Last year I made the decision to stop using a shop-bought advent calendar. I didn’t want to add to our UK waste problem, I didn’t want more plastic going in the bin and, to be honest, the chocolate is never that nice anyway, is it?! What I wanted to create was an advent for my child to remember. One that brought joy just as Christmas should and one that gave back over the coming year.
This is how I created our homemade advent calendar…
I purchased a wooden Santa Truck advent calendar from a local garden centre. I wanted something sturdy and robust that could be brought out year after year and would see Jake through his childhood.
I mean I couldn’t walk away from this, just look how gorgeous it is!
Each door on the Santa truck opens and as you can see it is quite a good size for chocolates, small toys, keepsakes or little notes…
I made the decision to make each day different. I still wanted to include a chocolate treat but the main aim of this homemade advent calendar was to add that extra sparkle, so I came up with 2 other ideas.
Firstly, to have notes with memory makers on them (oh and I found ones with bells on them in a stationery shop, perfect for Christmas time!) Things we could do for the whole of the following year. He could bring a note out of the drawer from January onwards and say I’d like to do this today, for example, the cinema, bowling, Peppa Pig World or a day out of his choice. That way our advent calendar would keep on giving and we would all have something to look forward to.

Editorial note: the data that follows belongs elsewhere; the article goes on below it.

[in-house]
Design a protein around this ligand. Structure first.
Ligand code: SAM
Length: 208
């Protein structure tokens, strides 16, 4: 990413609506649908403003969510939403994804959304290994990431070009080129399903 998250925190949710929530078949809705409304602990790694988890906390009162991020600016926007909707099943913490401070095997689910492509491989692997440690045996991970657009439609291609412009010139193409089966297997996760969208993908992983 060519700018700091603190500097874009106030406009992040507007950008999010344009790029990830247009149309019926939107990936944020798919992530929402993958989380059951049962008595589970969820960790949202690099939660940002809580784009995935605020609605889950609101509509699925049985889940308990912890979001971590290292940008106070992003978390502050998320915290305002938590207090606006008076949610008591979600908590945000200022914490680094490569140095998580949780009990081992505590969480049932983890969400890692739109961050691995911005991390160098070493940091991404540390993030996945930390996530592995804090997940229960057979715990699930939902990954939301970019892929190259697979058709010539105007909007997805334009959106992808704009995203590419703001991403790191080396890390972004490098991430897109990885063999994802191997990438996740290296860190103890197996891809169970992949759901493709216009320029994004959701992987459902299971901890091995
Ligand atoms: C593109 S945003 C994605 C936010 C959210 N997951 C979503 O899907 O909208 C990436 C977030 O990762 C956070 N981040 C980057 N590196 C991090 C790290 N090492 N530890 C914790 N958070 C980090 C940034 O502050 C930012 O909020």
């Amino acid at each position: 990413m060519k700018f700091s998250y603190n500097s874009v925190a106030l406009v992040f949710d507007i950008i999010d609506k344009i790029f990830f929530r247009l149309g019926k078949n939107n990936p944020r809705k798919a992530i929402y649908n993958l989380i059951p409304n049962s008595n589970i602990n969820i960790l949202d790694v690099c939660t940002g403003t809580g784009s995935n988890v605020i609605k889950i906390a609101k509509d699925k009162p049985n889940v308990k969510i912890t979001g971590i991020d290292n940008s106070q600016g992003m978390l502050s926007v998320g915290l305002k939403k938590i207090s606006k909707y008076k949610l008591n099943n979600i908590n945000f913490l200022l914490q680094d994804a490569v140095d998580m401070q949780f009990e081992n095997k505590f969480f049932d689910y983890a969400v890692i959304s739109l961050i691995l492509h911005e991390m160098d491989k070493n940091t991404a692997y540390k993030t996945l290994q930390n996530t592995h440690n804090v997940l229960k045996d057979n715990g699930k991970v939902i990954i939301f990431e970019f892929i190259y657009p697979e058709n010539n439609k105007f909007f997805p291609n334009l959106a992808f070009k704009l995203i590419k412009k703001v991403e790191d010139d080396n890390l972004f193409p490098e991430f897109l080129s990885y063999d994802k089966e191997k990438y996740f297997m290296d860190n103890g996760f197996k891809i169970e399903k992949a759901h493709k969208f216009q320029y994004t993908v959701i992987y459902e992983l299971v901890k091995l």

On the other notes, you can probably see that it says lucky dip. I decided to buy items that I knew Jake would love and I popped these into a cardboard box with shredded paper and hamper shred. I didn’t wrap them up as I also wanted this to be as cost-effective as possible. I decided to opt for items I knew we would use like arts and crafts, toys that he would play with (metal cars, open-ended wooden toys), Christmas decorations for him to place on the tree and use year after year, books, an Elf door and so on. The great thing about this is that you can spend very little but still find useful gifts that your child will love.
Each day would alternate between a chocolate, a lucky dip and a memory maker. When he got the lucky dip I would bring the box out and get him to close his eyes and have a rummage around to see what prize he got. The memory maker notes were all placed in a safe place in a drawer to be brought out the following year. (The chocolate was eaten on the spot!)
The homemade advent calendar had its own spot in the kitchen to make it a focal point with his Letter from Santa as you walked in. It is such a simple idea and yet one that made him so excited and happy each morning. It didn’t take much work or planning and it’s something I can easily do every single year for him (and for his brother now he is older too).
There are other ways in which you could make this work for you so I hope it’s given you a few ideas for this Christmas coming.
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